16. A method in accordance 8 wherein analyzing light received by the image sensor comprises identifying at least one of a surface texture, a surface orientation, and a material used in fabricating the object based on light received by the imaging sensor.
17. A structured light measurement system for inspecting an object, said structured light measurement system comprising:
a structured light source configured to project structured light onto a surface of the object;
an imaging sensor configured to receive structured light reflected from the object surface; and
a computer configured to:
determine a position of at least one of said structured light source and said imaging sensor with respect to the object based on at least one of a three-dimensional model of the object and a three-dimensional model of said structured light measurement system; and
predict multiple-bounce reflections of said structured light reflected from the object.
18. A system in accordance with claim 17 wherein said computer is further configured to:
predict multiple-bounce reflections of said structured light reflected from the object based on at least one of the three-dimensional model of the object, the three-dimensional model of said structured light measurement system, and the determined position of at least one of said structured light source and said imaging sensor; and
determine a polarization angle that facilitates reducing the predicted multiple bounce reflections.
19. A system in accordance with claim 18 wherein said computer is further configured to determine a distribution of light projected onto the object based on at least one of the three-dimensional model of the object, the three-dimensional model of said structured light measurement system, the determined position of at least one of said structured light source and said imaging sensor, and the predicted multiple bounce reflections.
20. A system in accordance with claim 17 wherein said computer is further configured to generate a mask that facilitates blocking light from illuminating a portion of the object outside a profile of the object to be inspected based on at least one of the three-dimensional model of the object, the three-dimensional model of the structured light measurement system, and the determined position of at least one of said structured light source and said imaging sensor.
US11256904 2005-10-24 2005-10-24 Methods and apparatus for inspecting an object Active 2026-01-25 US7301165B2 (en)

Priority Applications (1)

Application Number Priority Date Filing Date Title
US11256904 US7301165B2 (en) 2005-10-24 2005-10-24 Methods and apparatus for inspecting an object

Applications Claiming Priority (1)

Application Number Priority Date Filing Date Title
US11256904 US7301165B2 (en) 2005-10-24 2005-10-24 Methods and apparatus for inspecting an object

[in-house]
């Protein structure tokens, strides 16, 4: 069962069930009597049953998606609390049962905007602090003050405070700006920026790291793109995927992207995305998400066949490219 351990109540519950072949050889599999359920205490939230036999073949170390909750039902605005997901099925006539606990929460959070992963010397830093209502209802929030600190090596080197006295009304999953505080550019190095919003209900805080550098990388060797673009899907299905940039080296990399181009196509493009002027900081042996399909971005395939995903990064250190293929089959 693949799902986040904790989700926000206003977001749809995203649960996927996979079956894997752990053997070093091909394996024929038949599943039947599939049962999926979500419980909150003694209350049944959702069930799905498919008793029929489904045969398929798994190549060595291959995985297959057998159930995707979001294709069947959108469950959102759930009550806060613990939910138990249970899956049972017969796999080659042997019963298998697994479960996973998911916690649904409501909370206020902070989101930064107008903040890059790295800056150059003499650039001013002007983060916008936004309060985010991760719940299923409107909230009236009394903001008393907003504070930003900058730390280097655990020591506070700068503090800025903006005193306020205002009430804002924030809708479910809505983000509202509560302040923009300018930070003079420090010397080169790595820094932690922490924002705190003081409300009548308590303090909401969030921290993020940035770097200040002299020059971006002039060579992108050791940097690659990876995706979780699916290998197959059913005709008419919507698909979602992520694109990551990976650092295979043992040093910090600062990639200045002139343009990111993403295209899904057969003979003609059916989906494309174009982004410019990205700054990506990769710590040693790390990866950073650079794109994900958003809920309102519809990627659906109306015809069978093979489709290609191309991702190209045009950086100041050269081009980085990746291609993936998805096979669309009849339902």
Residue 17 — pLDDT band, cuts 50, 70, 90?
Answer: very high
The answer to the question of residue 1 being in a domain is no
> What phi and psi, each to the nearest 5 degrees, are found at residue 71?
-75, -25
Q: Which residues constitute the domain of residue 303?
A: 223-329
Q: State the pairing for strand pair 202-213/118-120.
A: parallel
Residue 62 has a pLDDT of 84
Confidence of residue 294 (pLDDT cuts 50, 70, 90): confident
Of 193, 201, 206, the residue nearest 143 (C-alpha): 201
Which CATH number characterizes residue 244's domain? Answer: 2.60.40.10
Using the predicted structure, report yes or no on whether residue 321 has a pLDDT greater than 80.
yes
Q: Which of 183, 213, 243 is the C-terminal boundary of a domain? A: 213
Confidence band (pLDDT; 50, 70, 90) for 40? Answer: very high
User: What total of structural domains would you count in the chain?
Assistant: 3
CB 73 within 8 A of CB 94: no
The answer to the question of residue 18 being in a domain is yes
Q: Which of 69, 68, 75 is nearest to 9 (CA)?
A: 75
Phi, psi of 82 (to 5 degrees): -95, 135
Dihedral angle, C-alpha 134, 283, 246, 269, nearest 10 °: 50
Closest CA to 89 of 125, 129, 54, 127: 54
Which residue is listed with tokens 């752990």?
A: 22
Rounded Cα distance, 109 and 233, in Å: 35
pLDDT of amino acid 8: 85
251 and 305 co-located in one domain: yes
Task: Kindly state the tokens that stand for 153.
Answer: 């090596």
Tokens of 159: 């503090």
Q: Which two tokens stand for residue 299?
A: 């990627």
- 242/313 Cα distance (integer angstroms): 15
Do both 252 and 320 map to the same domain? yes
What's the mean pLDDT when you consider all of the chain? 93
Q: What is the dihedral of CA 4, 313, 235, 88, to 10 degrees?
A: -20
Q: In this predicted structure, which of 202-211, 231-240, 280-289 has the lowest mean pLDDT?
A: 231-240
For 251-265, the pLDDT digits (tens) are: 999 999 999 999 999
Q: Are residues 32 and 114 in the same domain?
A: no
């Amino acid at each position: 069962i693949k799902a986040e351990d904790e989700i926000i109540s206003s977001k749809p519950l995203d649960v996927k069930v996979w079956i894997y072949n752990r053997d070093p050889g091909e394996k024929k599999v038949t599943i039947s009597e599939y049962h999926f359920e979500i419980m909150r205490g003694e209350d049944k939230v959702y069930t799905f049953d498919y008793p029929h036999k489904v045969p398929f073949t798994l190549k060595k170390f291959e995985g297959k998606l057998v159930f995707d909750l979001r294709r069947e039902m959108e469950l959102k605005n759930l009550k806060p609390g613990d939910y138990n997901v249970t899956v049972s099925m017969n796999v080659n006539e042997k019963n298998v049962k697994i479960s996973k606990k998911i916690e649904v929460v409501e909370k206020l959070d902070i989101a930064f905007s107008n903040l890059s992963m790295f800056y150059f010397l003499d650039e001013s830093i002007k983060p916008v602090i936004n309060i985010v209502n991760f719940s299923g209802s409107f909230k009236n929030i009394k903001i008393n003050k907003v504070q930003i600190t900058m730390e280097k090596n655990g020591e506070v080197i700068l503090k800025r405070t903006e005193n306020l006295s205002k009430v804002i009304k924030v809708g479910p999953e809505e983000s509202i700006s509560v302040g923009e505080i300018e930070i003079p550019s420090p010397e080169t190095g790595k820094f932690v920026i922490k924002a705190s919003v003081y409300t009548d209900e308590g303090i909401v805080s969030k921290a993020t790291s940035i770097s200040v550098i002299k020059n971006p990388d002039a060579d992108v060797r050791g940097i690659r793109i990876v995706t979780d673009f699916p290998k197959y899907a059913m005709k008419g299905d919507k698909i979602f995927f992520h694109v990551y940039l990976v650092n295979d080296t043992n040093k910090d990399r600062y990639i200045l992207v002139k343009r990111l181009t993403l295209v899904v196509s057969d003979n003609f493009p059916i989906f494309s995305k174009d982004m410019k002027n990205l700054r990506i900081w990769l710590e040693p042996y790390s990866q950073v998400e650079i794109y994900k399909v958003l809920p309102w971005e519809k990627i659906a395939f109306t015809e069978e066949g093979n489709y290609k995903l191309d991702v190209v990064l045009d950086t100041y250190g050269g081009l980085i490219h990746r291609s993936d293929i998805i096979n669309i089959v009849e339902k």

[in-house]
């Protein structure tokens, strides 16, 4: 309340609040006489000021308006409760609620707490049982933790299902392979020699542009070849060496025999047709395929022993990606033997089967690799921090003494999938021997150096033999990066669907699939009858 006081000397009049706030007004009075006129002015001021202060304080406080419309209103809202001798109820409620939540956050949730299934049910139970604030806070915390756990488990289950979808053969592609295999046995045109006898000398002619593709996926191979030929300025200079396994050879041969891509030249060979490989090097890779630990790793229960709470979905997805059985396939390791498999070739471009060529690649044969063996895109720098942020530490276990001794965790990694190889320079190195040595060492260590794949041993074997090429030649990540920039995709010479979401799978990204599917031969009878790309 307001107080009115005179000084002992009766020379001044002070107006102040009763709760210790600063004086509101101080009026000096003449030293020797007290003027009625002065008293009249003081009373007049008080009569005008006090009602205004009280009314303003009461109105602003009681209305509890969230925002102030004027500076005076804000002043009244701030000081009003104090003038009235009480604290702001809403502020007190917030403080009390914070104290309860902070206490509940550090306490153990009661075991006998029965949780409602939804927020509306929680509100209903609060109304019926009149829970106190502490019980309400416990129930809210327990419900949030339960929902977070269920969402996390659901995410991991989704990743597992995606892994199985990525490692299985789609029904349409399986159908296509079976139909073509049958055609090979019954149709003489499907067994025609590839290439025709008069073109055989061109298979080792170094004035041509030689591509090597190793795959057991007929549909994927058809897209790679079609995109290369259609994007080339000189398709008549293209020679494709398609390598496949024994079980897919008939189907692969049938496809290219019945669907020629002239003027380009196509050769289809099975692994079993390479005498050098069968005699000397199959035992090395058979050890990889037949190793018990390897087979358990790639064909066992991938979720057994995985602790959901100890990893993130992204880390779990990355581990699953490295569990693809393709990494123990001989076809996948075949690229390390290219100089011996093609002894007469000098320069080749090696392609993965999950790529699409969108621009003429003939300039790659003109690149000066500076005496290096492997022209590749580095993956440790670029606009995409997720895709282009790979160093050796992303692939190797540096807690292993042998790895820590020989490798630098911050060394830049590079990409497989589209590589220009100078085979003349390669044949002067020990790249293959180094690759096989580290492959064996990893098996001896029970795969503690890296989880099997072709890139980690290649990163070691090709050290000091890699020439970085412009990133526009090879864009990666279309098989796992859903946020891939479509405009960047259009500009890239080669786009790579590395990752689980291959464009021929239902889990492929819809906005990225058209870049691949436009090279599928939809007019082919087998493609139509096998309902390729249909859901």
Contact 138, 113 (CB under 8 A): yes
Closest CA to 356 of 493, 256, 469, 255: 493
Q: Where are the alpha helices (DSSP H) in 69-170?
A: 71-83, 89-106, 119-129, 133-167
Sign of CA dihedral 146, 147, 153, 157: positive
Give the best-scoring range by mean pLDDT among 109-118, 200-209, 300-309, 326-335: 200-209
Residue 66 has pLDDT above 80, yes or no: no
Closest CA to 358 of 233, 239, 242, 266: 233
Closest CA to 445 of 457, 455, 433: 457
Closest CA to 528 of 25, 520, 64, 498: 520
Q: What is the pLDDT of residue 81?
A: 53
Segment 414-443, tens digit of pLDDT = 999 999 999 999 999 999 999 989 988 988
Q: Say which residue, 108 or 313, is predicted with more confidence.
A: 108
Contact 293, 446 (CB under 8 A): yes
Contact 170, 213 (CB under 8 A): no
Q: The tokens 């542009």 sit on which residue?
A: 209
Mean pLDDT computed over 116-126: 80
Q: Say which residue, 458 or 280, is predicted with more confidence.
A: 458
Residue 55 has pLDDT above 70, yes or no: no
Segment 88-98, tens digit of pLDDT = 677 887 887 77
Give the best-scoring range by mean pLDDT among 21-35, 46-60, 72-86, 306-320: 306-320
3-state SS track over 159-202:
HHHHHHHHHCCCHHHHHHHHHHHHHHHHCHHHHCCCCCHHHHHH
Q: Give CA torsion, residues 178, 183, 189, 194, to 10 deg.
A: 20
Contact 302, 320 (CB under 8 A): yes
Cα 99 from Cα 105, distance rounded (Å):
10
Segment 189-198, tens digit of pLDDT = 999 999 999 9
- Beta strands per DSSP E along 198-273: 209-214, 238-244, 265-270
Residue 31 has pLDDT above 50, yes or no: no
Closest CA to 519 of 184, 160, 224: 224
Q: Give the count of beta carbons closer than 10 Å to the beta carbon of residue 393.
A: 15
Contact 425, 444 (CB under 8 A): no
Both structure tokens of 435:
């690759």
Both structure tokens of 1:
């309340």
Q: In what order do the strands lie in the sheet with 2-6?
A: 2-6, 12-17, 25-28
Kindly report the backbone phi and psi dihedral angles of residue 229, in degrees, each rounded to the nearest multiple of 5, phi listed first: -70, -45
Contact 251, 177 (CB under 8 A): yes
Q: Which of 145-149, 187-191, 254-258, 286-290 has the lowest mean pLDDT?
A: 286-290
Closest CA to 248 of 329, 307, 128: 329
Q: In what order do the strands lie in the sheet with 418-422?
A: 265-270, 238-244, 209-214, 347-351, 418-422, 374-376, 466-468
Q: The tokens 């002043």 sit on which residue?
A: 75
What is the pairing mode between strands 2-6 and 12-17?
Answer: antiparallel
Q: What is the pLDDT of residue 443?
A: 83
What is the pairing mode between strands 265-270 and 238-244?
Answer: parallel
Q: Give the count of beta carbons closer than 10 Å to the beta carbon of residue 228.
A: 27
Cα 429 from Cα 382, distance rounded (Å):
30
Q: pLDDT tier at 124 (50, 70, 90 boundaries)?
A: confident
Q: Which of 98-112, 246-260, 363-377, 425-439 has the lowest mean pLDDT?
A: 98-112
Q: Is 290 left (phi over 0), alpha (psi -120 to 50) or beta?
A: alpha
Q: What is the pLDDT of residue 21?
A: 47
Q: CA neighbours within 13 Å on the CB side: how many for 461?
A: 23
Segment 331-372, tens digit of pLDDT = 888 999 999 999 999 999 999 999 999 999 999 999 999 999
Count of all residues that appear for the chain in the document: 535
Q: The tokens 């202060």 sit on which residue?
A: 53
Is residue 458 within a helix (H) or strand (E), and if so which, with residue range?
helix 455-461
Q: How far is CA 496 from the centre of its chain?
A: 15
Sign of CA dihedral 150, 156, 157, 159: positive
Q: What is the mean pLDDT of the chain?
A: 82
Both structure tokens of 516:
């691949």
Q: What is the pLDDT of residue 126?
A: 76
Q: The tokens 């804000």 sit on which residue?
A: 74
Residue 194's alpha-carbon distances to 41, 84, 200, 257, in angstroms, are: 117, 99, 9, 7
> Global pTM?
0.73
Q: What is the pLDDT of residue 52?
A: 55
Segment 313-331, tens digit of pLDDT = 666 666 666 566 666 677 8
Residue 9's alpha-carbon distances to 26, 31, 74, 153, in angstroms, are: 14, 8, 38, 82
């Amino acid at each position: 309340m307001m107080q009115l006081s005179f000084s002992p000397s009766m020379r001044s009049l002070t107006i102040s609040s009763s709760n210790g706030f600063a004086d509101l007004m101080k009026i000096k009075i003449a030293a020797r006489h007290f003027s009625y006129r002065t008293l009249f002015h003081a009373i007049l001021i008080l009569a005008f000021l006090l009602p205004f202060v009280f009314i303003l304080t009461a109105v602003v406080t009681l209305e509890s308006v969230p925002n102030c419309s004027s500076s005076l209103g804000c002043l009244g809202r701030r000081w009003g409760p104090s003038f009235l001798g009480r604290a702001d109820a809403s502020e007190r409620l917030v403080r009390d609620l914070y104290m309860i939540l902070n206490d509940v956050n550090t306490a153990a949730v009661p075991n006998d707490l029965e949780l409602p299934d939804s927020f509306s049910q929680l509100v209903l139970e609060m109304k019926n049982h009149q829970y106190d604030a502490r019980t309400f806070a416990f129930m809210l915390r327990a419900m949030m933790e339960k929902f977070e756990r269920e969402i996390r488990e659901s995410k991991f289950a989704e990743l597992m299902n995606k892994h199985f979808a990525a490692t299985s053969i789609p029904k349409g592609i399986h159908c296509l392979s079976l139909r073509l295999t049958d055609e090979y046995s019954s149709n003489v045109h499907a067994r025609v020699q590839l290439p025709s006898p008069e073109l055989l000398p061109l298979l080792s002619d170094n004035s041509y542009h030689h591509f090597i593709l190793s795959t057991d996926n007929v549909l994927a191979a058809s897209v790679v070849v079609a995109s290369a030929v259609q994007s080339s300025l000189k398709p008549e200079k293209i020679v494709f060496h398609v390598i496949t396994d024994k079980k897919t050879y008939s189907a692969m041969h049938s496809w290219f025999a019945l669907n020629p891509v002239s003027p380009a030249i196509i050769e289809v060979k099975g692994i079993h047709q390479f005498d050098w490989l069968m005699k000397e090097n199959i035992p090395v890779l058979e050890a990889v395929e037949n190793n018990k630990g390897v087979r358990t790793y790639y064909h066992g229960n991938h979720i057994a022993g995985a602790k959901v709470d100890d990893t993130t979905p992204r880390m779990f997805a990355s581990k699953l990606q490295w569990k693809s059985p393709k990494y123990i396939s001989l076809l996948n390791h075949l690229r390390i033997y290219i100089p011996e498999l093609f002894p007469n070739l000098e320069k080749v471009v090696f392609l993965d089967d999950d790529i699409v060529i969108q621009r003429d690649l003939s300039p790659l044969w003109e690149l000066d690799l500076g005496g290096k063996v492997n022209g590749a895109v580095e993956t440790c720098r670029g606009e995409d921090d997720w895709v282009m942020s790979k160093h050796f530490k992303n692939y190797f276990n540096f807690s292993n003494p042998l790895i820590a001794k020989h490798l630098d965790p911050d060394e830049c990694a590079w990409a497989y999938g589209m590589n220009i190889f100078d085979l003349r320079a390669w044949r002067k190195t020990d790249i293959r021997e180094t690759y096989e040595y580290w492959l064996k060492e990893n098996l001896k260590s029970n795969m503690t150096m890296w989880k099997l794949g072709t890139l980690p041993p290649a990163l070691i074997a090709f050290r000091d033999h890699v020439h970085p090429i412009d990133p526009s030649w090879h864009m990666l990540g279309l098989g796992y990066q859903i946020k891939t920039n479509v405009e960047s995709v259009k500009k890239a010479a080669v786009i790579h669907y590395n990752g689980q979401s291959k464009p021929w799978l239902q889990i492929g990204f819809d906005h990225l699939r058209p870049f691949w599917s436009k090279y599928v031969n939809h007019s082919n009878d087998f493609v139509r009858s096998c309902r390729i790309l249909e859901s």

Publications (2)

Publication Number Publication Date
US20070090309A1 true US20070090309A1 (en) 2007-04-26
US7301165B2 true US7301165B2 (en) 2007-11-27

Family

ID=37984474

Family Applications (1)

Application Number Title Priority Date Filing Date
US11256904 Active 2026-01-25 US7301165B2 (en) 2005-10-24 2005-10-24 Methods and apparatus for inspecting an object

Country Status (1)

Country Link
US (1) US7301165B2 (en)

Cited By (3)

* Cited by examiner, † Cited by third party
Publication number Priority date Publication date Assignee Title
CN101871896B (en) 2009-04-24 2012-11-14 湖南科创信息技术股份有限公司 On-line detection method and device for surface embossing glass blemishes
US8631577B2 (en) 2011-07-22 2014-01-21 Pratt & Whitney Canada Corp. Method of fabricating integrally bladed rotor and stator vane assembly
US9403245B2 (en) * 2010-09-14 2016-08-02 Siemens Aktiengesellschaft Method for treating turbine blades and device therefor

Families Citing this family (15)

* Cited by examiner, † Cited by third party
Publication number Priority date Publication date Assignee Title
US9482755B2 (en) 2008-11-17 2016-11-01 Faro Technologies, Inc. Measurement system having air temperature compensation between a target and a laser tracker
JP5567908B2 (en) * 2009-06-24 2014-08-06 キヤノン株式会社 Three-dimensional measurement device, the measurement method and program
US9772394B2 (en) 2010-04-21 2017-09-26 Faro Technologies, Inc. Method and apparatus for following an operator and locking onto a retroreflector with a laser tracker
US9377885B2 (en) 2010-04-21 2016-06-28 Faro Technologies, Inc. Method and apparatus for locking onto a retroreflector with a laser tracker
US9400170B2 (en) 2010-04-21 2016-07-26 Faro Technologies, Inc. Automatic measurement of dimensional data within an acceptance region by a laser tracker
GB201421783D0 (en) 2011-03-03 2015-01-21 Faro Tech Inc Target apparattus and method
US8619265B2 (en) 2011-03-14 2013-12-31 Faro Technologies, Inc. Automatic measurement of dimensional data with a laser tracker
US9482529B2 (en) 2011-04-15 2016-11-01 Faro Technologies, Inc. Three-dimensional coordinate scanner and method of operation
US9686532B2 (en) 2011-04-15 2017-06-20 Faro Technologies, Inc. System and method of acquiring three-dimensional coordinates using multiple coordinate measurement devices
US9164173B2 (en) 2011-04-15 2015-10-20 Faro Technologies, Inc. Laser tracker that uses a fiber-optic coupler and an achromatic launch to align and collimate two wavelengths of light
GB201320082D0 (en) 2011-04-15 2013-12-25 Faro Tech Inc Enhanced position detector in laser tracker